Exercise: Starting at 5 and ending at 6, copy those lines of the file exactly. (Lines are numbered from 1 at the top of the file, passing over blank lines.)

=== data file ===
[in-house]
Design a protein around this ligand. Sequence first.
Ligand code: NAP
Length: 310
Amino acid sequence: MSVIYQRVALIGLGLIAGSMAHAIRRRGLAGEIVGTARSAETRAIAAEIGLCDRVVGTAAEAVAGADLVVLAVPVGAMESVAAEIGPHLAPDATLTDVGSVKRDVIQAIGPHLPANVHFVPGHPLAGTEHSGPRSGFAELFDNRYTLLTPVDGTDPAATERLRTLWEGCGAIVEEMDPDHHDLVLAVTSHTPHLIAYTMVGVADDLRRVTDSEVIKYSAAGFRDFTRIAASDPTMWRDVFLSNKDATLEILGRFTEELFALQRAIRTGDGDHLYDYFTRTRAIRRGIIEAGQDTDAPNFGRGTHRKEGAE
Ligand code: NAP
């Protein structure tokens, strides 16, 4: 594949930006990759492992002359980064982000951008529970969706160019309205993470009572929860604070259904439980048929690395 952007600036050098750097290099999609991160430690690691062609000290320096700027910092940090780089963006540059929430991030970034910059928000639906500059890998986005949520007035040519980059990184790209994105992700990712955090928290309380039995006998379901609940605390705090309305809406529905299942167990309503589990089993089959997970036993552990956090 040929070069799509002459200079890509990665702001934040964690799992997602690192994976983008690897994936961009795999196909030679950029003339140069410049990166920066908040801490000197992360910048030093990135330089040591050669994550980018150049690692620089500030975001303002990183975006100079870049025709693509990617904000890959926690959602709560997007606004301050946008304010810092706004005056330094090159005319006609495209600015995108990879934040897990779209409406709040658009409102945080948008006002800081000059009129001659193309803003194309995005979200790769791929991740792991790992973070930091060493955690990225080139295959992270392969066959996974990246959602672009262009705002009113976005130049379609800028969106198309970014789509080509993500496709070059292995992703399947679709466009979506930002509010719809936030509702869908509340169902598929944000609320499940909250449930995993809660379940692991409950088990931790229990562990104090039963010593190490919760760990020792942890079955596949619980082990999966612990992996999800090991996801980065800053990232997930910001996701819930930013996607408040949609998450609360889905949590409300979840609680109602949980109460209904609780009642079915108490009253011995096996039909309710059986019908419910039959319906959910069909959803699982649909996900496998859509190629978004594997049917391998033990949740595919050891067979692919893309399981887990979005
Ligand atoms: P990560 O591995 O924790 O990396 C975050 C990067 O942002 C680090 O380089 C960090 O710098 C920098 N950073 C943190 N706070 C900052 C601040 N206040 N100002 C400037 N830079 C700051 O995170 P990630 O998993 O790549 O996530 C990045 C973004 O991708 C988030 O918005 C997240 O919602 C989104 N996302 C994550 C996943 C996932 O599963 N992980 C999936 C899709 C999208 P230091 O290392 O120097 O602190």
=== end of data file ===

Amino acid sequence: MSVIYQRVALIGLGLIAGSMAHAIRRRGLAGEIVGTARSAETRAIAAEIGLCDRVVGTAAEAVAGADLVVLAVPVGAMESVAAEIGPHLAPDATLTDVGSVKRDVIQAIGPHLPANVHFVPGHPLAGTEHSGPRSGFAELFDNRYTLLTPVDGTDPAATERLRTLWEGCGAIVEEMDPDHHDLVLAVTSHTPHLIAYTMVGVADDLRRVTDSEVIKYSAAGFRDFTRIAASDPTMWRDVFLSNKDATLEILGRFTEELFALQRAIRTGDGDHLYDYFTRTRAIRRGIIEAGQDTDAPNFGRGTHRKEGAE
Ligand code: NAP